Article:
Fiorello: No, it's no good.
Driftwood: What's the matter with it?
Fiorello: I don't know. Let's hear it again.
Driftwood: It says the, uh, "The party of the first part shall be known in this contract as the party of the first part."
Fiorello: (pausing) That sounds a little better this time.
Driftwood: Well, it grows on ya. Would you like to hear it once more?
Fiorello: Uh, just the first part.
Driftwood: What do you mean? The party of the first part?
Fiorello: No, the first part of the party of the first part.
Driftwood: All right. It says the, uh, "The first part of the party of the first part shall be known in this contract as the first part of the party of the first part shall be known in this contract" - look, why should we quarrel about a thing like this? We'll take it right out, eh?".

4 comments:

Annsley Merelle Ward said...

I am concerned about Article 2.5 regarding Provisional Measures that states that:

* each Party shall provide that its judicial authorities shall have the authority at the request of an applicant to issue an interlocutory injunction intended to prevent any imminent infringement of an intellectual property right.

* An interlocutory injunction may also be issued, under the same conditions, against an [infringing] intermediary whose services are being used by a third party to infringe an intellectual property right.

The first part is nothing new, but the second part needs further consideration. It says that "under the same conditions", so I assume that implies those conditions are "to prevent any imminent infringement", i.e. the infringement has not happened but assumingly its threatened. Therefore, this means that the Parties must ensure there is judicial authority for granting an interim injunction against an ISP to stop an event caused by a third party from occurring - an event, which in most cases, the time, place etc may not be known. This would essentially require the ISP to police the entirety of their service in a stakeout to ensure this infringing event does not occur to ensure it complies with the terms of the injunction. It is not as simple as arguing "well, if the ISP has a IP address then they can easily police activity from this address and prevent an infringing activity." The main subject of the injunction will be in reference to an individual (one would think) and not an IP address and everyone knows individuals can conduct infringing activities over a variety of IP addresses!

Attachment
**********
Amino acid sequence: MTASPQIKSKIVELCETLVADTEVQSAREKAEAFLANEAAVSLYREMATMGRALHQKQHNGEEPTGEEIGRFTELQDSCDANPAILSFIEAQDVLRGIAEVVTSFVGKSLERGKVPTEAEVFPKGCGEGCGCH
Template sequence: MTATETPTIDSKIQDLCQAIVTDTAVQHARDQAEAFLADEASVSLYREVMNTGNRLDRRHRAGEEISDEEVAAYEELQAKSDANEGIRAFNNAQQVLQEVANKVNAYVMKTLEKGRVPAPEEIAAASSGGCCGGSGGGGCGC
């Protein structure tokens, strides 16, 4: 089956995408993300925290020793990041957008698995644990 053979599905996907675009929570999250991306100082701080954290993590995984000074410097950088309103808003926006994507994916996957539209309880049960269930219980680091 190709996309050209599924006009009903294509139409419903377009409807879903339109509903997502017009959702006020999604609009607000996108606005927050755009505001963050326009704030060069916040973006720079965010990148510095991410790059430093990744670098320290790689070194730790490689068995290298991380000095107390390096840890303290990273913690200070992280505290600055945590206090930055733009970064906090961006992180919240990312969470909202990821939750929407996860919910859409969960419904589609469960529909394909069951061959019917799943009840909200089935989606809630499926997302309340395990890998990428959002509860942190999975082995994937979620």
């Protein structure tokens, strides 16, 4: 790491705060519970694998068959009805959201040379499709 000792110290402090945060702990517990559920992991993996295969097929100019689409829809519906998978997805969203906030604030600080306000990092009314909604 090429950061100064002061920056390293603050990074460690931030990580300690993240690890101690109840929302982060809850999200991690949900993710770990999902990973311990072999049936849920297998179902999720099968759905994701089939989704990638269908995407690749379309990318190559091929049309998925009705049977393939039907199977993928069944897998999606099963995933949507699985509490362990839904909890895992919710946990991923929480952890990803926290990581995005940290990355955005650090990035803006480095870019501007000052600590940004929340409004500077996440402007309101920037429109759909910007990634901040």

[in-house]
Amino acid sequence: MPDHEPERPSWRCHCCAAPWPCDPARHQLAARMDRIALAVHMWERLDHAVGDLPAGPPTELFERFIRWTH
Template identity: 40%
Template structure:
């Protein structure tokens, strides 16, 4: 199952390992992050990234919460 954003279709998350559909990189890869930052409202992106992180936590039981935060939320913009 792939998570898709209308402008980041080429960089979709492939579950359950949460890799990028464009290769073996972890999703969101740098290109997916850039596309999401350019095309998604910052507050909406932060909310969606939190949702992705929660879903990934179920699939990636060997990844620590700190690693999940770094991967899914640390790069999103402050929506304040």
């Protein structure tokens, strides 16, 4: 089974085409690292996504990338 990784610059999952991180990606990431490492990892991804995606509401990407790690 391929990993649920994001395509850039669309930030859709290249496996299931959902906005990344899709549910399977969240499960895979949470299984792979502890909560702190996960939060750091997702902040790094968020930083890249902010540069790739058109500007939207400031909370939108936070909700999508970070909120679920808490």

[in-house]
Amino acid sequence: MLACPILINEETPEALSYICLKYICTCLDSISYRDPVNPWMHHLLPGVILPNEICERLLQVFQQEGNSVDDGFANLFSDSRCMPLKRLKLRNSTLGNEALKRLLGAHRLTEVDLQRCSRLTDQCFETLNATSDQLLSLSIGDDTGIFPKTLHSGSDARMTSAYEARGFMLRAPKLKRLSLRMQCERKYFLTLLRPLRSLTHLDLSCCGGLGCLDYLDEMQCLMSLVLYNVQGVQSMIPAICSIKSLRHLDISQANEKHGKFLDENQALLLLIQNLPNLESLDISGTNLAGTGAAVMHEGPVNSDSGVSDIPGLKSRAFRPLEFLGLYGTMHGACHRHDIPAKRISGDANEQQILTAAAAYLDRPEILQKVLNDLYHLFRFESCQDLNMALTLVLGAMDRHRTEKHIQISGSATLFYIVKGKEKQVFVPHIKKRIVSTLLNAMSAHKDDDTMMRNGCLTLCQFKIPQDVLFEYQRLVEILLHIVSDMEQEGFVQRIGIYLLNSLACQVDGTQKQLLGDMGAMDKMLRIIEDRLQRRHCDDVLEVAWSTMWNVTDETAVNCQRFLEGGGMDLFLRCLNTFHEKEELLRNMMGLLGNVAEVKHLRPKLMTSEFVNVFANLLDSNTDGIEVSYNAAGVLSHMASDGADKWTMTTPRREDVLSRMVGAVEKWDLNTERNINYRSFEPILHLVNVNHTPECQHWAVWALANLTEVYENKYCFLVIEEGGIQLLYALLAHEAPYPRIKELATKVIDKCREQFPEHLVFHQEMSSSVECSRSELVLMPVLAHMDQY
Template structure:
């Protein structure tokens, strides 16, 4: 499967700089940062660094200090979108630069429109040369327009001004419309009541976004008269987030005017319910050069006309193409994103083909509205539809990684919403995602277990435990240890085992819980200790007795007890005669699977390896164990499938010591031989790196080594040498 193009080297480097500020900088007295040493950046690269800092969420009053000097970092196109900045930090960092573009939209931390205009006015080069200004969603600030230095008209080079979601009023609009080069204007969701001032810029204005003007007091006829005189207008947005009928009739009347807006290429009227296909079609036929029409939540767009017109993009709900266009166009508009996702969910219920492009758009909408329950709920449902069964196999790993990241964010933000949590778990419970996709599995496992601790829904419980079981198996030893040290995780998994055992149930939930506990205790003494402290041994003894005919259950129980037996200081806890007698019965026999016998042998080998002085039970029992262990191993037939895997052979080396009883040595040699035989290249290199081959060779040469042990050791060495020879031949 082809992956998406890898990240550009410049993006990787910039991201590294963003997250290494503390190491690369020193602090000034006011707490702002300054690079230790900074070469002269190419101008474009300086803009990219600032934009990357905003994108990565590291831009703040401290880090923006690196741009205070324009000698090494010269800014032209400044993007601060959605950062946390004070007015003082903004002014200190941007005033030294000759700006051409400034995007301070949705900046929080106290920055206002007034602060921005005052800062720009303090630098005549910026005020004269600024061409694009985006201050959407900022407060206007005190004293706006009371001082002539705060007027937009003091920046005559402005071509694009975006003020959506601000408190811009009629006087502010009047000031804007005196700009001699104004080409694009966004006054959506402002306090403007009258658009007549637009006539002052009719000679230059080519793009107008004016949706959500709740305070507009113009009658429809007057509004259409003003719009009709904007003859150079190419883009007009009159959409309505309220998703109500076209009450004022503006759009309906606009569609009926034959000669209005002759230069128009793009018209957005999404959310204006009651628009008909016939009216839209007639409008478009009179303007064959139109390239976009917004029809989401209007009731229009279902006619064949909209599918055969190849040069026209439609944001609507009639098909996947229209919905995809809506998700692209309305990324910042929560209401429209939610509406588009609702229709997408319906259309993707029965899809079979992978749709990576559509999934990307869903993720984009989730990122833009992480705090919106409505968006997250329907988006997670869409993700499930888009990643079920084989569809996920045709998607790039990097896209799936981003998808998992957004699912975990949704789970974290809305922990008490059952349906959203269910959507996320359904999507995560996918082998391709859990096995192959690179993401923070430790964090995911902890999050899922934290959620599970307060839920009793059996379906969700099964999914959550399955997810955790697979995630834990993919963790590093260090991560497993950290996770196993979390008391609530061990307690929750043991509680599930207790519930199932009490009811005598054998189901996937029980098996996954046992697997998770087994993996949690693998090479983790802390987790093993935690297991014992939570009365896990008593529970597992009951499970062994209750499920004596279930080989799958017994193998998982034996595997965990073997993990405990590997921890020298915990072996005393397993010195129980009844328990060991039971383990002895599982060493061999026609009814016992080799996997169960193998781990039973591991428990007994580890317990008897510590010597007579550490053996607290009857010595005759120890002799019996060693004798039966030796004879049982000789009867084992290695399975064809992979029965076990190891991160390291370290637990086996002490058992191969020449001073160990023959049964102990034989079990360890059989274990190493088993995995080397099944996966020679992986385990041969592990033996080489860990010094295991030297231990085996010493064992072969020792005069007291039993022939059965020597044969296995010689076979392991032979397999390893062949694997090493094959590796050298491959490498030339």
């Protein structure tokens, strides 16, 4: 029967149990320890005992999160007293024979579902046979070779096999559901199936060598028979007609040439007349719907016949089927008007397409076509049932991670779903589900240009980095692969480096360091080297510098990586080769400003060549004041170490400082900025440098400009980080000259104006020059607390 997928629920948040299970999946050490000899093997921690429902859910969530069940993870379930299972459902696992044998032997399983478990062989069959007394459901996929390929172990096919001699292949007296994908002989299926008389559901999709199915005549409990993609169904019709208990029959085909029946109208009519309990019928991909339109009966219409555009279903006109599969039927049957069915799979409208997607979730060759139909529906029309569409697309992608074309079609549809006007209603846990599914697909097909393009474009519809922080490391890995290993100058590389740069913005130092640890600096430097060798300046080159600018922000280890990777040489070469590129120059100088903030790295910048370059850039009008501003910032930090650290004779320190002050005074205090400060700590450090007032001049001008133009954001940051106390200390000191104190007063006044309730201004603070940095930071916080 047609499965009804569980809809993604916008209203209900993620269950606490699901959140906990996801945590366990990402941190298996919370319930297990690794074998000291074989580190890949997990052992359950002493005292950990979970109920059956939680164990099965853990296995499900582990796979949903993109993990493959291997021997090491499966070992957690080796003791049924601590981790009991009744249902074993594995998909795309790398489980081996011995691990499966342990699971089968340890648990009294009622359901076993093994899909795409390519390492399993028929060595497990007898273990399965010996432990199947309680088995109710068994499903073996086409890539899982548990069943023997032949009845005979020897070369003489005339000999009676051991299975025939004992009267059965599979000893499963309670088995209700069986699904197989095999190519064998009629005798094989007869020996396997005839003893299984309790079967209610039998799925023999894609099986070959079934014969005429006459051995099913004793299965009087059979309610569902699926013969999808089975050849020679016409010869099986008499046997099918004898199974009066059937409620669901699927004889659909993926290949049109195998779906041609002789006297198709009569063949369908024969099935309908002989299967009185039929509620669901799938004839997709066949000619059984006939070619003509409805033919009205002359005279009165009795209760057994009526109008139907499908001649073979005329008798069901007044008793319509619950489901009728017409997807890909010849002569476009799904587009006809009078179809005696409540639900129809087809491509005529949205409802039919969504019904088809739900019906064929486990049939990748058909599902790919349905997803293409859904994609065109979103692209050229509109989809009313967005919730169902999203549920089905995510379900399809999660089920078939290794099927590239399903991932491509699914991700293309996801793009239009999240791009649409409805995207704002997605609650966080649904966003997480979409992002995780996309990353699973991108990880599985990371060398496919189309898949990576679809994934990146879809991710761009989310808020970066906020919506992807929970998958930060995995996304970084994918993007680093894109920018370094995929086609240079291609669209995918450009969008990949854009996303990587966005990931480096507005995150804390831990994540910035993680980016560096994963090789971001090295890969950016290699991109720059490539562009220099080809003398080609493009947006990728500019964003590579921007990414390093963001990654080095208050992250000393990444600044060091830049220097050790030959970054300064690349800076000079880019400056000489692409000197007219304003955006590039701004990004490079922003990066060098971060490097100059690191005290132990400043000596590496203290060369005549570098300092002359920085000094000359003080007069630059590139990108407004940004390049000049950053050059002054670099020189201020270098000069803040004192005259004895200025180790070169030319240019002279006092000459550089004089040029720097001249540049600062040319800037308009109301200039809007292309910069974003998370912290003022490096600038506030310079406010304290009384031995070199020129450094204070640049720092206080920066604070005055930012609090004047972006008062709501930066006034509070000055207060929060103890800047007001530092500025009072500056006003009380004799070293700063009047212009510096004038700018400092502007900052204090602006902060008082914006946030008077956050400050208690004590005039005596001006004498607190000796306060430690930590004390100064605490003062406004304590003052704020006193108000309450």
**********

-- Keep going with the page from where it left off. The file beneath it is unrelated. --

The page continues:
In addition the use of "[infringing]" is confusing. An ISP cannot be said to be infringing prior to the actual "imminent infringement" actually taken place, surely?

Or does the phrase "under the same conditions" mean something other than in relation to the foregoing sentence?

And what does "imminent mean"? One would assume that it is greater than showing a mere "threat" but how does one even show "imminent"?

Questions galore!

Niel Ackermann said...

I find the concept of an infringing intermediary [with or without square brackets] intriguing. Article 11 of the Enforcement Directive does not require an intermediary to be infringing. It says: Member States shall also ensure that rightholders are in a position to apply for an injunction against intermediaries whose services are used by a third party to infringe an intellectual property right.

Surely an infringing intermediary is just a joint tortfeasor?

Fiorello said...

Ha, ha, ha, ha, ha. You can't fool me. There ain't no Anti-Counterfeiting Trade Agreement.

Francis Davey said...

Annsley - I see your problem. I don't think "the same conditions" can meant that, because of the tense of what follows. "whose services are being used by a third party" is in the present tense and implies present infringement (that would explain also the use of the present participle "infringing" though that is only an option). Perhaps "the same conditions" means the same conditions as whatever conditions are imposed for anticipatory injunctions.

It is perhaps a shame we don't have a future participle in English.

Mind you the first limb (anticipatory injunctions) does not define who the subject of such an injunction might be and in many cases an ISP may also be an infringer (albeit usually not liable for damages).

Who can say? The draft is so "pick-and-mix" at the moment, any serious analysis is very difficult.